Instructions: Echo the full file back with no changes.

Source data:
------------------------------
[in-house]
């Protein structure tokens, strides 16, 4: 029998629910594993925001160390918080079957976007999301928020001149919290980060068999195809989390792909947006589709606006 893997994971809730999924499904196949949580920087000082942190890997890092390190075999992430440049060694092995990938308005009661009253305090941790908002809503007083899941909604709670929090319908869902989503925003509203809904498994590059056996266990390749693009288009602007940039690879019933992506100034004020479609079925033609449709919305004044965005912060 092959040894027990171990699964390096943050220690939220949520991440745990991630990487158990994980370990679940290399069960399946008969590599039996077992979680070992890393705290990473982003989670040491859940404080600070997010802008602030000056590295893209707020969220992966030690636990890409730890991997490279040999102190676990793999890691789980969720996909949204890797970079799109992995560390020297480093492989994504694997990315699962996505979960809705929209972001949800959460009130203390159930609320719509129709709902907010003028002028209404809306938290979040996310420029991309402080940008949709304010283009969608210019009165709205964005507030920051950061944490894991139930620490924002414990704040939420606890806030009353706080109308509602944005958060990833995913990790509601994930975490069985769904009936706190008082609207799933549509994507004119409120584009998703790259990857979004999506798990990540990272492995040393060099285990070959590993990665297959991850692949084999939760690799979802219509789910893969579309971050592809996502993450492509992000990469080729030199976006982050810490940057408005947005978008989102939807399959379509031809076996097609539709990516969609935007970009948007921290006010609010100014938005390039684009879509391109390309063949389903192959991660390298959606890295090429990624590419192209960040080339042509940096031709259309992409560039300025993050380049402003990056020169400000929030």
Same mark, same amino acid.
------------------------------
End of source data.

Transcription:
[in-house]
């Protein structure tokens, strides 16, 4: 029998629910594993925001160390918080079957976007999301928020001149919290980060068999195809989390792909947006589709606006 893997994971809730999924499904196949949580920087000082942190890997890092390190075999992430440049060694092995990938308005009661009253305090941790908002809503007083899941909604709670929090319908869902989503925003509203809904498994590059056996266990390749693009288009602007940039690879019933992506100034004020479609079925033609449709919305004044965005912060 092959040894027990171990699964390096943050220690939220949520991440745990991630990487158990994980370990679940290399069960399946008969590599039996077992979680070992890393705290990473982003989670040491859940404080600070997010802008602030000056590295893209707020969220992966030690636990890409730890991997490279040999102190676990793999890691789980969720996909949204890797970079799109992995560390020297480093492989994504694997990315699962996505979960809705929209972001949800959460009130203390159930609320719509129709709902907010003028002028209404809306938290979040996310420029991309402080940008949709304010283009969608210019009165709205964005507030920051950061944490894991139930620490924002414990704040939420606890806030009353706080109308509602944005958060990833995913990790509601994930975490069985769904009936706190008082609207799933549509994507004119409120584009998703790259990857979004999506798990990540990272492995040393060099285990070959590993990665297959991850692949084999939760690799979802219509789910893969579309971050592809996502993450492509992000990469080729030199976006982050810490940057408005947005978008989102939807399959379509031809076996097609539709990516969609935007970009948007921290006010609010100014938005390039684009879509391109390309063949389903192959991660390298959606890295090429990624590419192209960040080339042509940096031709259309992409560039300025993050380049402003990056020169400000929030």
Same mark, same amino acid.